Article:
Founders of Cpl. Palmer Foundation Share Why Operation Care Package Means So Much

As stated by the ancient Chinese philosopher Lao Tzu, “The journey of a thousand miles begins with a single step.” In this same vein, sometimes a life full of purpose begins with a single caring deed. For Chuck and Teri Palmer of Manteca, California, their journey began with the desire to take meaningful action following the combat death of their son Charles during Operation Iraqi Freedom.

Corporal Charles O. Palmer II was your everyday sort of hero. He was the kind who knew his deepest sense of peace and purpose could only be found in service to others. After five years serving as a reservist in the Marine Corps, he called his father to say he wanted to enlist in the Marines fulltime and was not going to settle for anything less than a role at the epicenter of combat operations.

“I told him to sit on it for 30 days,” said Chuck Palmer, “make sure he was really thinking this through.”
Cpl. Palmer II wasn’t a naïve man. He knew the cost of service, saying, “Mom, I hope my wife understands I won’t be the same man as when I left.”

For someone called to service, wishing he was out there fighting beside his brothers-in-arms as soon as possible, it’s easy to imagine how long those 30 days must have felt. But wait he did. And enlist he did. And so began the daily badgering of his sergeant major, asking for combat placement until the commander finally tired of Charles’ persistence and gave him orders to report to Iraq’s Al Anbar province, a region thick within the soup of combat.

“Once he rejoined, he said, ‘I’m home and I’ve never been happier,’” says Chuck Palmer, who put aside his concerns for his son’s safety in the truest show of support a father can give.
On May 5, 2007, Corporal Palmer was killed during a security sweep when his Humvee stuck a roadside improvised explosive device. He was never assigned to the security detail, but was simply tasked with finding a replacement for a soldier injured on an earlier expedition.

For anyone who knows parents Chuck and Teri Palmer, it is clear where their son inherited his strength and courage. Within only a few short years they formed a far-reaching non-profit dedicated to caring for all sons and daughters busy in service to their country.

The Cpl. Charles O. Palmer II Memorial Troop Support Program began with care packages sent to their son-in-law in early 2008 and grew to over 1,800 packages sent to troops stationed across the world by the end of the year. And their efforts only skyrocketed from there. Involved in everything from veteran suicide awareness to fundraising drives for family members of those lost in combat, Chuck and Teri have become a true force of support for our troops and those closest to them.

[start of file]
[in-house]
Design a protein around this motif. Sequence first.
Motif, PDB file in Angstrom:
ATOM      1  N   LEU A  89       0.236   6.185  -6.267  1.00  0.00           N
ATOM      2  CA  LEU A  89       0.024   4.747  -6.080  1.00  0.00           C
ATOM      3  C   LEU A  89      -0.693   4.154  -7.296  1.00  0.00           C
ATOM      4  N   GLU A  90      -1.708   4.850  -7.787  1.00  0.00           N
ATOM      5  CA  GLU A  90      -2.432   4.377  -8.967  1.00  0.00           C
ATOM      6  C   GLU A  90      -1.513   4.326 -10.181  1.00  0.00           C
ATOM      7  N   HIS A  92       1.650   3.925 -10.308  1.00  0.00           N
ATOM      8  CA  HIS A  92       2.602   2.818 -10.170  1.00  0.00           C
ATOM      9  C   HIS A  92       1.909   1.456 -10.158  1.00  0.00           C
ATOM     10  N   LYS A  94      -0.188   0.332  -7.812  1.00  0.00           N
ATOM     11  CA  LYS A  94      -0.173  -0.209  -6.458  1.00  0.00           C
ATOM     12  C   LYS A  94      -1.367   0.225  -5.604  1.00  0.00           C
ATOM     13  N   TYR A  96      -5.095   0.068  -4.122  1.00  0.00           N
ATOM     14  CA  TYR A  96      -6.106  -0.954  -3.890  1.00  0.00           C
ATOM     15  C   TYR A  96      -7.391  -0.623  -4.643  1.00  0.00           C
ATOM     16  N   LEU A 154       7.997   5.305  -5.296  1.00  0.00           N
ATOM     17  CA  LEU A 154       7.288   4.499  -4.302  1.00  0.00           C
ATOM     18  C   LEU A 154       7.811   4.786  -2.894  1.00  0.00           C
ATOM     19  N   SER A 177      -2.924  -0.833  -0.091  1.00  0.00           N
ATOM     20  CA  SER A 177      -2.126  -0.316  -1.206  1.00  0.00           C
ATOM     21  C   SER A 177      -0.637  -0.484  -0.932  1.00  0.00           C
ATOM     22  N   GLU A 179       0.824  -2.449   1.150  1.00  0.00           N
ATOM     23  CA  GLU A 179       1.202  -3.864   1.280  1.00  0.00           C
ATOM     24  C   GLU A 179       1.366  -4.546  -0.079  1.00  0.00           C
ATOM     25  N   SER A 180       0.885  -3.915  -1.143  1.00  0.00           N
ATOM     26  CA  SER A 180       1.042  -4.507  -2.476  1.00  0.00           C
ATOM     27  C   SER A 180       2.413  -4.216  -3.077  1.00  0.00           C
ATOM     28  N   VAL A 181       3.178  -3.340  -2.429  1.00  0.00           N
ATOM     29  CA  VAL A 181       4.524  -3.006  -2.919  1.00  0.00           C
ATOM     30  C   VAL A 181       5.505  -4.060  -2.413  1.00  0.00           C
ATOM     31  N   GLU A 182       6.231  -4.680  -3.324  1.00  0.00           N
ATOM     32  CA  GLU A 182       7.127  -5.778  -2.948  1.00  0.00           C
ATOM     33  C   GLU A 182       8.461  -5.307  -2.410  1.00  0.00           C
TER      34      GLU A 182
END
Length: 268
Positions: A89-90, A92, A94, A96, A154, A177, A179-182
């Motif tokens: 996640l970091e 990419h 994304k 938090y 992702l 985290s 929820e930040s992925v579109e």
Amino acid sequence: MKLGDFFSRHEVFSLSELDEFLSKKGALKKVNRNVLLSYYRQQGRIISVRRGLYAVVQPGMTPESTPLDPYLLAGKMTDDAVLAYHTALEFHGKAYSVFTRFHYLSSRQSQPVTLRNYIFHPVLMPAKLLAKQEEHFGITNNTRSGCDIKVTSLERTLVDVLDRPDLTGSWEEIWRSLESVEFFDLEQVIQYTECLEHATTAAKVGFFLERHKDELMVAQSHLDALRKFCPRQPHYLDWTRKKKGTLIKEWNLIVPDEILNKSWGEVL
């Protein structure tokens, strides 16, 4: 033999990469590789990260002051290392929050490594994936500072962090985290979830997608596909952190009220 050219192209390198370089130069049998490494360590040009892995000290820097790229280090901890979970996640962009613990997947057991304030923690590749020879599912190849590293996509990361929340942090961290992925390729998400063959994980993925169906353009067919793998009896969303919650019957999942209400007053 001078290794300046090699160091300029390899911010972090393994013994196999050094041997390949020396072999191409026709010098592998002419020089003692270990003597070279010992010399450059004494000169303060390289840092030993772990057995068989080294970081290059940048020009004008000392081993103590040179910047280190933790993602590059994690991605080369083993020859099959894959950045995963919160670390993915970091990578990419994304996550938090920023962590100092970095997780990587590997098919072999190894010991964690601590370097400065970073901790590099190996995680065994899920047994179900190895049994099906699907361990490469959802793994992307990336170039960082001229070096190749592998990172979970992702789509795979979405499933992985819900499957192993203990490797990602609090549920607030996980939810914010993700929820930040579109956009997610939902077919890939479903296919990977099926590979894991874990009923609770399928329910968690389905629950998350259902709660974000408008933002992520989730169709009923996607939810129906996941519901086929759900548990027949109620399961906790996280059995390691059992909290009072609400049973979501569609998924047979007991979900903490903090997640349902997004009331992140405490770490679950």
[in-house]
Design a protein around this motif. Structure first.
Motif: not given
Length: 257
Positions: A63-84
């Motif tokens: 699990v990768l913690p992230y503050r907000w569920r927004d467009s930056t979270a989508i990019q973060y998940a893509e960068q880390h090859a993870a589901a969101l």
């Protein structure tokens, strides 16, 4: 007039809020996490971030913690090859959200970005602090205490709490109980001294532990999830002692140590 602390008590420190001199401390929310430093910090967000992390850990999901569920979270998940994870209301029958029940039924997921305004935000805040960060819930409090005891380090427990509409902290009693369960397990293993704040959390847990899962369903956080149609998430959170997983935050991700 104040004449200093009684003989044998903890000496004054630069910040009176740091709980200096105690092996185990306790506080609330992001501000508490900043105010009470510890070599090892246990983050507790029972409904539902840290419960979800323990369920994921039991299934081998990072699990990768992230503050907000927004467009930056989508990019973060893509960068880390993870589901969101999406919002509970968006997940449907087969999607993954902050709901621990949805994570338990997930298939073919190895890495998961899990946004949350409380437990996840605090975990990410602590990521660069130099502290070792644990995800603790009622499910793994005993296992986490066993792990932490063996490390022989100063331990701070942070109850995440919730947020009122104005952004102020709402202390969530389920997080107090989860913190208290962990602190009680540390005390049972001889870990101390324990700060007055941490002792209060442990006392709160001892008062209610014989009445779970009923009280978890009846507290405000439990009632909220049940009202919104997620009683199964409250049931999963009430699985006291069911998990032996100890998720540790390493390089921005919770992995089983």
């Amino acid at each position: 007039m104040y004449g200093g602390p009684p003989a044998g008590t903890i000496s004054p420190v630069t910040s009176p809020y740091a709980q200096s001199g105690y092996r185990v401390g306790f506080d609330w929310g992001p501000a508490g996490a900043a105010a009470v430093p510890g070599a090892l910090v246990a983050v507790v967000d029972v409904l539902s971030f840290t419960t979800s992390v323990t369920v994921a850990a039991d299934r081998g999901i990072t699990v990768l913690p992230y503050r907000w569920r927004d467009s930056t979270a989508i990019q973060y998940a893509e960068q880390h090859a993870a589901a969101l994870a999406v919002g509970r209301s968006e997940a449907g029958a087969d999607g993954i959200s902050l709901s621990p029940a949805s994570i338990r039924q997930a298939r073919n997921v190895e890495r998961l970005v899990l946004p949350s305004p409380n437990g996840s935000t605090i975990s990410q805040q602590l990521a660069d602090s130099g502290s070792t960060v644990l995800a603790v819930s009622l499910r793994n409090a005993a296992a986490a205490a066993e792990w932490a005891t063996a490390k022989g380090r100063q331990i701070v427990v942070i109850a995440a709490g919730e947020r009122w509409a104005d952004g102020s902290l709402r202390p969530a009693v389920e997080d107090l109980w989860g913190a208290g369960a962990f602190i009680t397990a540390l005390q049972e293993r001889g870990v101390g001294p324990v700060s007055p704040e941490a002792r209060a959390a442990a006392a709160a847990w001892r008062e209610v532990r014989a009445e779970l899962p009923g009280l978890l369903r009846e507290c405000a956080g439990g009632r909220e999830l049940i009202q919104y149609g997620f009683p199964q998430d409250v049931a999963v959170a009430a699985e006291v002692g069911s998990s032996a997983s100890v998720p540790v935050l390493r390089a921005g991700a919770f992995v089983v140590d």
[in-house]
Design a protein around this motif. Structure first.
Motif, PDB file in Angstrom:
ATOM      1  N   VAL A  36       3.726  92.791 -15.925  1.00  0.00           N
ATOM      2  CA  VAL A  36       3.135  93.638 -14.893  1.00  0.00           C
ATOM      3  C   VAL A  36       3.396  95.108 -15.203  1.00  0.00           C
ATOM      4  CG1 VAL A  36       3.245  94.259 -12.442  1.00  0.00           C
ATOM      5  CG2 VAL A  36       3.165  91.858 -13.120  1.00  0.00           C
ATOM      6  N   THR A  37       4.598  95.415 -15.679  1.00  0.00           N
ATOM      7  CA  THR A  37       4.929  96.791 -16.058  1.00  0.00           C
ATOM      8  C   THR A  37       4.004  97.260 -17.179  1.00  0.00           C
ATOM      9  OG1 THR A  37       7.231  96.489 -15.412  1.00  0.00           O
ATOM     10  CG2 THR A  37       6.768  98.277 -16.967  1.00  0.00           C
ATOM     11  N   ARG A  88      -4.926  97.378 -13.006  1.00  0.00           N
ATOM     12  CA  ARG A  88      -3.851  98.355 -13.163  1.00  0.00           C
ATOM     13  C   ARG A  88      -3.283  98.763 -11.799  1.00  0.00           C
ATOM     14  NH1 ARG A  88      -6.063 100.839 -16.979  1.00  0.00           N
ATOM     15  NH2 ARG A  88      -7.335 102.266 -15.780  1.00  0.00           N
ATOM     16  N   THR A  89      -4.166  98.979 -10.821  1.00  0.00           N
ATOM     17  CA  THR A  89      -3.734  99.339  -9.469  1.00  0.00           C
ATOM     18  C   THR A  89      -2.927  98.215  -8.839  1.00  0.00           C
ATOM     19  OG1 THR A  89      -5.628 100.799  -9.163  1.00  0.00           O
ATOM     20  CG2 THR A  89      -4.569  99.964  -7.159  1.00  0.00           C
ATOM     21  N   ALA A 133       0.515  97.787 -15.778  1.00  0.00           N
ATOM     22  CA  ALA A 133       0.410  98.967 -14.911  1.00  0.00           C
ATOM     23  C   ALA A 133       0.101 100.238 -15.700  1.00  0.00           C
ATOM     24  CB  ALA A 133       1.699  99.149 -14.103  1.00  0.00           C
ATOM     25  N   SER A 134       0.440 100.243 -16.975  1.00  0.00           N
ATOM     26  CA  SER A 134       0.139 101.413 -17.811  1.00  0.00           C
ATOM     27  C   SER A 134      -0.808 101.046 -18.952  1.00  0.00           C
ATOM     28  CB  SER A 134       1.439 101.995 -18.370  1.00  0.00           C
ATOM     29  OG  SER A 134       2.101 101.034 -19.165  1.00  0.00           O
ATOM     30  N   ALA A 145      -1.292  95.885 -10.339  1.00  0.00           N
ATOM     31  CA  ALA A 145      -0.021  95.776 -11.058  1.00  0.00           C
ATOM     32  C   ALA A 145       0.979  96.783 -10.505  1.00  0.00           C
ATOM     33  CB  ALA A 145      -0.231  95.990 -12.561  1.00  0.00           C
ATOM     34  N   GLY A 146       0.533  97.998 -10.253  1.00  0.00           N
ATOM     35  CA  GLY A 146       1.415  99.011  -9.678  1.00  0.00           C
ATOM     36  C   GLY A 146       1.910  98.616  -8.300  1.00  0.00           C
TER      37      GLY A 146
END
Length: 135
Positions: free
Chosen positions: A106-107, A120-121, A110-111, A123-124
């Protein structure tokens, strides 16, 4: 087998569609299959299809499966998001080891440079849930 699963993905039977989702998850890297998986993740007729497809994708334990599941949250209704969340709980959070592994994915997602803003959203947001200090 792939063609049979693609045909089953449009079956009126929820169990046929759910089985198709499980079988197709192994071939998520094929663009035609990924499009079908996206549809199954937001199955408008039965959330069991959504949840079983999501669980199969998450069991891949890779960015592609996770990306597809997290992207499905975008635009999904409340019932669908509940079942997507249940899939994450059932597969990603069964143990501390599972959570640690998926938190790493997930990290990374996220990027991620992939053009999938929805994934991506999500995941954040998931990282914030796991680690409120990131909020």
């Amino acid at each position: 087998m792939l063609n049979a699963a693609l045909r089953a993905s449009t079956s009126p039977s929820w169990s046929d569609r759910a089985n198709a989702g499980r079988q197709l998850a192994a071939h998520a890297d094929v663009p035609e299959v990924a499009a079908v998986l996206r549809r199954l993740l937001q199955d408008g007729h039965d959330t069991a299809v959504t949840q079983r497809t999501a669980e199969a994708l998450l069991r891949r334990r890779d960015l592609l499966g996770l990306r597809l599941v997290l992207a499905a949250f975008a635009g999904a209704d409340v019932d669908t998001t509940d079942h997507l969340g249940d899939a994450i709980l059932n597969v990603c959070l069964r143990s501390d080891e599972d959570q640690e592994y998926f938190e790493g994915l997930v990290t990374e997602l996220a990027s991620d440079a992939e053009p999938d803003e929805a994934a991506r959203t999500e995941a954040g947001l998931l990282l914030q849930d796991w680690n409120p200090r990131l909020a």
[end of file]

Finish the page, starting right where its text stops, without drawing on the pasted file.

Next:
“We owe it to them to let our soldiers know they are loved and supported by the community,” said Teri Palmer.
And their reason for care packages? The joy on the soldiers’ faces in photos sent back in thanks for a little taste of home. Their biggest surprise? The way the community has come together to help rally support: raising funds, collecting goods, and coming together to package the items and see them off, including hand-written letters that soldiers say are every bit as heartening as the goods they receive.

According to Chuck and Teri, the real secret of their success in reaching so many has been collaboration. For the past three years they have been working with the American Red Cross which, thanks to programs such as Operation Care Package, “offer(s) gobs and gobs of supplies to local veteran organizations.”

According to Teri, Operation Care Package is “a very well-planned event. They knock on doors, working hard to get donations. It is clear that the Red Cross has a real desire to serve and protect. It’s an honor to be asked to part of it.”
The Cpl. Charles O. Palmer II Memorial Troop Support Program welcomes addresses for care packages for soldiers stationed anywhere in the world as well as any family members of soldiers or veterans in need of a little heartfelt giving. Their non-profit operates entirely on word of mouth.